Myrna Norman has been an active community advocate for de-stigmatizing the debilitating disease

Crews with Discovery Channel film as an Aggressive Towing driver moves a Grumman S2F Tracker aircraft around a 90-degree turn from its compound and onto the road on Saturday, Jan. 23, 2021. It was the “most difficult” part of the move for the airplane, one organizer said. (Jenna Hauck/ Chilliwack Progress)
VIDEO: Vintage military plane gets towed from Chilliwack to Greater Victoria

Grumman CP-121 Tracker’s eventual home the British Columbia Aviation Museum on Vancouver Island

Chilliwack Law Courts. (Black Press file)
Man sentenced to 20 months for sexual offences involving a minor in Mission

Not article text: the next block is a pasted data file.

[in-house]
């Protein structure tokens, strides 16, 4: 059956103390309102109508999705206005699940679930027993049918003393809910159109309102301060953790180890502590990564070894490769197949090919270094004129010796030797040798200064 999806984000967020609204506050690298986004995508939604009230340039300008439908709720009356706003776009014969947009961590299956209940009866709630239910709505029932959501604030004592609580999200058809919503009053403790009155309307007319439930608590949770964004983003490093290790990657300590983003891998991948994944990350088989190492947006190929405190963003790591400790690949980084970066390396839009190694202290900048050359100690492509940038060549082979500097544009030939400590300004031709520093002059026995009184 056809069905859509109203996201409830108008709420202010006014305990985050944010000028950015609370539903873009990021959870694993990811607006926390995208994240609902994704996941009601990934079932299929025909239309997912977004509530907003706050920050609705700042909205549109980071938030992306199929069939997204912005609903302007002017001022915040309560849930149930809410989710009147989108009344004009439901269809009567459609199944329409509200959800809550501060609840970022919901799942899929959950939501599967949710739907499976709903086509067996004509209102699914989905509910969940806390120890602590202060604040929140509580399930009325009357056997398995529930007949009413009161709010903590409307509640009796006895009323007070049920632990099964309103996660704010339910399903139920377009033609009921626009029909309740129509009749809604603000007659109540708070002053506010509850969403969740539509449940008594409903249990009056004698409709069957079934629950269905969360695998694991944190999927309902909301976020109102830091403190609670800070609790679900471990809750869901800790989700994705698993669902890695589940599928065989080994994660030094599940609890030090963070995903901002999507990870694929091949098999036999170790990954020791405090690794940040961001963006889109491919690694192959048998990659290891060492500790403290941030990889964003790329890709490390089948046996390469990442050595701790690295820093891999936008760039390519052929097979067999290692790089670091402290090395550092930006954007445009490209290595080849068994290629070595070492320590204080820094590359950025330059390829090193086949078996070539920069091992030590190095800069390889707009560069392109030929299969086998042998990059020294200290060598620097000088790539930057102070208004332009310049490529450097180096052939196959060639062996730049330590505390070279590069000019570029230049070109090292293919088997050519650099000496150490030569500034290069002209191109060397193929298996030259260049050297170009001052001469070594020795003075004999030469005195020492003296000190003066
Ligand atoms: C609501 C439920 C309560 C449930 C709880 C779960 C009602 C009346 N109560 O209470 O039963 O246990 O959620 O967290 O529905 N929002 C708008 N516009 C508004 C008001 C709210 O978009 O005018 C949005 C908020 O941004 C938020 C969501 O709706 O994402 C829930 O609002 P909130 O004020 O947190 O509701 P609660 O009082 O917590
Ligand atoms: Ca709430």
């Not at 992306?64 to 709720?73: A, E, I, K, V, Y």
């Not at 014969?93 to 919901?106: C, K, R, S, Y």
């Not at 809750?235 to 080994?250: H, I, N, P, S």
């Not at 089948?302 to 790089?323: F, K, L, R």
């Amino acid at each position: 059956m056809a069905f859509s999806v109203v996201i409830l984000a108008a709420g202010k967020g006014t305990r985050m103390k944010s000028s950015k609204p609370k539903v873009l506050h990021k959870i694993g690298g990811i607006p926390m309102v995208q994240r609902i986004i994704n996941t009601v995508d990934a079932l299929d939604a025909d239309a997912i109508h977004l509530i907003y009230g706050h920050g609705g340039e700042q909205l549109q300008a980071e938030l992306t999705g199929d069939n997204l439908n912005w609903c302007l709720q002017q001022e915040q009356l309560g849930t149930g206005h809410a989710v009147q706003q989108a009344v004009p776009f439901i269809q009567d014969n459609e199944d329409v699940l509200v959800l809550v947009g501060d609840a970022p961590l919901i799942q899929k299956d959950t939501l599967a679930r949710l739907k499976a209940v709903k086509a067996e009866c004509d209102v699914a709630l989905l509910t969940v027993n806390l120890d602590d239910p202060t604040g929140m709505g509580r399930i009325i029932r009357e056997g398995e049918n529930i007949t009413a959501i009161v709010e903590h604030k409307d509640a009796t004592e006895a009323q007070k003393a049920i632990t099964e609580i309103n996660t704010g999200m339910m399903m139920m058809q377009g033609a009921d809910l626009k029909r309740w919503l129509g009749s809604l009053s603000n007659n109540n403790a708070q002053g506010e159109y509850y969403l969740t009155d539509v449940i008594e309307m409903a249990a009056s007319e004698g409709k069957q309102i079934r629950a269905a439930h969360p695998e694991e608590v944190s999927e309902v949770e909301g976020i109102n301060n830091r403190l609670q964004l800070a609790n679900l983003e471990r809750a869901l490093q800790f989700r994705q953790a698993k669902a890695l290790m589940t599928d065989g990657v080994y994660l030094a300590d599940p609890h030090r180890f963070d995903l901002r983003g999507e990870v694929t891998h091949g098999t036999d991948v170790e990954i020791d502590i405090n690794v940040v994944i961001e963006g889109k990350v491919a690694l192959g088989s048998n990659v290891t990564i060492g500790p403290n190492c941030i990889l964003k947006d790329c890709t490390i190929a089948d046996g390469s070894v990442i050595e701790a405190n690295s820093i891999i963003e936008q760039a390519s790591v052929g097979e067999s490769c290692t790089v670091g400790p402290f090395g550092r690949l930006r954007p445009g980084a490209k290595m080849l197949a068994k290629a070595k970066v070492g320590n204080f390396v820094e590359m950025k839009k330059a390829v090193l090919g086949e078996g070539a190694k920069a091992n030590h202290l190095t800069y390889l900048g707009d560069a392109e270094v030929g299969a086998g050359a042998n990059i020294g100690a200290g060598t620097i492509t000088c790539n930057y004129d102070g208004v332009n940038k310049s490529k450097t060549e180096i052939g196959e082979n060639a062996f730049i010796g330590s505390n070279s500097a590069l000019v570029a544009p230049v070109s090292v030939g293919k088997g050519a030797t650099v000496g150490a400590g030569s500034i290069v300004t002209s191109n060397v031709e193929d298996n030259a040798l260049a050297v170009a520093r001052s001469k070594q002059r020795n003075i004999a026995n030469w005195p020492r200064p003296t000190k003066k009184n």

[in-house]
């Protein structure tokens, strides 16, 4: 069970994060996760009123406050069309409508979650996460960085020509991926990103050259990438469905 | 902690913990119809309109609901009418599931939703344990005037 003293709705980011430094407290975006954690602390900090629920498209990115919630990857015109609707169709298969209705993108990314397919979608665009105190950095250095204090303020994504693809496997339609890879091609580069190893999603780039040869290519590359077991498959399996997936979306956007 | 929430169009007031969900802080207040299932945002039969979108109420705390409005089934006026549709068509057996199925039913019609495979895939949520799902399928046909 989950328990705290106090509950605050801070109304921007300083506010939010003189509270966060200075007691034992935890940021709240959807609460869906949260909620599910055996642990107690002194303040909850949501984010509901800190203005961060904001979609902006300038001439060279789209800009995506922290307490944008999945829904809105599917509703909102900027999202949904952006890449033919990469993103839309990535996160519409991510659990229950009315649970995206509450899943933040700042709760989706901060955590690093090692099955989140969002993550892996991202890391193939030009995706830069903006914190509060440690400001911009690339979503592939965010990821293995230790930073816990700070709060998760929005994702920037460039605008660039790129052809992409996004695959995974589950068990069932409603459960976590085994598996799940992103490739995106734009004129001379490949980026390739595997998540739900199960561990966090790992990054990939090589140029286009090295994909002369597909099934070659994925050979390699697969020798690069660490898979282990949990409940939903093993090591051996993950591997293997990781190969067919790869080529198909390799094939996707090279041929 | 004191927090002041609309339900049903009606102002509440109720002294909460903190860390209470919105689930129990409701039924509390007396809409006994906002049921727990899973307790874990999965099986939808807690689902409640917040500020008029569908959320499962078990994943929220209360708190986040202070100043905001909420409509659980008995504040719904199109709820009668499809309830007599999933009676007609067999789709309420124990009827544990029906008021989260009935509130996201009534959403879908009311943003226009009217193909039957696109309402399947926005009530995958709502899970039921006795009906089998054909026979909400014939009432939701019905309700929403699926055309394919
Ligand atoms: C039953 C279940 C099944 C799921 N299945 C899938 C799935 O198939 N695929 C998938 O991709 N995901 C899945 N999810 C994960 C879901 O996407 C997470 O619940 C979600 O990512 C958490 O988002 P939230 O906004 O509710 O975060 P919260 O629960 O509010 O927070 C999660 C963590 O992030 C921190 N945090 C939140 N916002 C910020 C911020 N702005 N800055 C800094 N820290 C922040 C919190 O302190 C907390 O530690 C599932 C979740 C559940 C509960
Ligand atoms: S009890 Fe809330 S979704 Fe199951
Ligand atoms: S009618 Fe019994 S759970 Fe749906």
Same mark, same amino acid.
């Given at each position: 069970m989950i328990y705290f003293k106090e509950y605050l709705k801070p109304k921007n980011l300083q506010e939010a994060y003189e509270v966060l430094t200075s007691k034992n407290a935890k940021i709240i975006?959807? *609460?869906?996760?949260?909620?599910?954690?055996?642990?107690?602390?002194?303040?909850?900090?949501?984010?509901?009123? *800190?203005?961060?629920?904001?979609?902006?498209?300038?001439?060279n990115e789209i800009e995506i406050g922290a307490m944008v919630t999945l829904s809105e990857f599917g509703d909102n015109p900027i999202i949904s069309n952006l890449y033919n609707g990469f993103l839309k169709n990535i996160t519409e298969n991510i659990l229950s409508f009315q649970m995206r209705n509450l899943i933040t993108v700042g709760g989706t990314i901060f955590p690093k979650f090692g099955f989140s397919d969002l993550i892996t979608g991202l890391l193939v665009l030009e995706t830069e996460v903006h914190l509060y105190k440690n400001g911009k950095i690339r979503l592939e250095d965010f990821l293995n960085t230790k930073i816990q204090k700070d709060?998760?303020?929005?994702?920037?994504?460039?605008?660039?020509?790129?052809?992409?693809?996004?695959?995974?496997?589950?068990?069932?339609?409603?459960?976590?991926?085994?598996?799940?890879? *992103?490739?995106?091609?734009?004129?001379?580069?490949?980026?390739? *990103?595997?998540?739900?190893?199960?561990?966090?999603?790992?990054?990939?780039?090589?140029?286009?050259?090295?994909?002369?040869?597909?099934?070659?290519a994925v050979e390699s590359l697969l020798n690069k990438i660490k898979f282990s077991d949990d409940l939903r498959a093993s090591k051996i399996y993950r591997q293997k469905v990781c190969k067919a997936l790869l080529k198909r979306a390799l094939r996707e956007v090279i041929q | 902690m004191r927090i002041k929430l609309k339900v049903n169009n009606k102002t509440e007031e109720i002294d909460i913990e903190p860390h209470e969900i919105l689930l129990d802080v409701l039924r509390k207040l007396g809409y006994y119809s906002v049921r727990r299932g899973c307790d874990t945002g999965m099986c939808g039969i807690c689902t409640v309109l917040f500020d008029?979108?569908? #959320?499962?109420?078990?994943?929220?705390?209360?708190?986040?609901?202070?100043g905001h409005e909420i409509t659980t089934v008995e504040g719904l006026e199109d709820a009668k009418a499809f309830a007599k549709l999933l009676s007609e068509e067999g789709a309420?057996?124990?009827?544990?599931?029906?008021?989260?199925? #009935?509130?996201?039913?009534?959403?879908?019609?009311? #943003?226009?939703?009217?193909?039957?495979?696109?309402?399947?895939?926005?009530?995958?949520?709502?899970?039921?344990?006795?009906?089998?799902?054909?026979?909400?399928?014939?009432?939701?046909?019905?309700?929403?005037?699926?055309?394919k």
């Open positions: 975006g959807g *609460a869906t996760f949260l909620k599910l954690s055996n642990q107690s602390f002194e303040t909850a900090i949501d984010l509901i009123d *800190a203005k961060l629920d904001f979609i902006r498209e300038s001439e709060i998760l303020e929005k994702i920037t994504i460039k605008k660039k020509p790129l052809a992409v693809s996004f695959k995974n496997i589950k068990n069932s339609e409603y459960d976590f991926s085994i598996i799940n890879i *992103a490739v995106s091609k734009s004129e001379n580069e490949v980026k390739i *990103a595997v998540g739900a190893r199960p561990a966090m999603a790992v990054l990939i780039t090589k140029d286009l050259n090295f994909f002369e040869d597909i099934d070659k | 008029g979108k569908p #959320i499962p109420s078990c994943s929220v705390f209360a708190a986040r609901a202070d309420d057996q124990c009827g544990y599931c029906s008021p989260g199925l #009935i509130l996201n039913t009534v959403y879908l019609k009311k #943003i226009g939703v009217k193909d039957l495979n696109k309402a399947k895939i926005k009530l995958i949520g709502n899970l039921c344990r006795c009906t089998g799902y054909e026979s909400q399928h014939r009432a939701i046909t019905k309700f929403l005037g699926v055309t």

Will Laws Clark was 22 and victim was 13 at time offences began

Rolling seven-day average of cases by B.C. health authority to Jan. 21. Fraser Health in purple, Vancouver Coastal red, Interior Health orange, Northern Health green and Vancouver Island blue. (B.C. Centre for Disease Control)
2nd COVID vaccine doses on hold as B.C. delivery delayed again

New COVID-19 cases slowing in Fraser Health region

Provincial health officer Dr. Bonnie Henry talk about the next steps in B.C.’s COVID-19 Immunization Plan during a press conference at Legislature in Victoria, B.C., on Friday, January 22, 2021. Two more cases of the COVID-19 strain first identified in South Africa have been diagnosed in British Columbia, bringing the total to three as of Jan. 16.THE CANADIAN PRESS/Chad Hipolito
B.C. now has three cases of South African COVID-19 variant, six of U.K. strain

Both variants are thought to spread faster than earlier strains

Cannabis bought in British Columbia (Ashley Wadhwani/Black Press Media)
Is it time to start thinking about greener ways to package cannabis?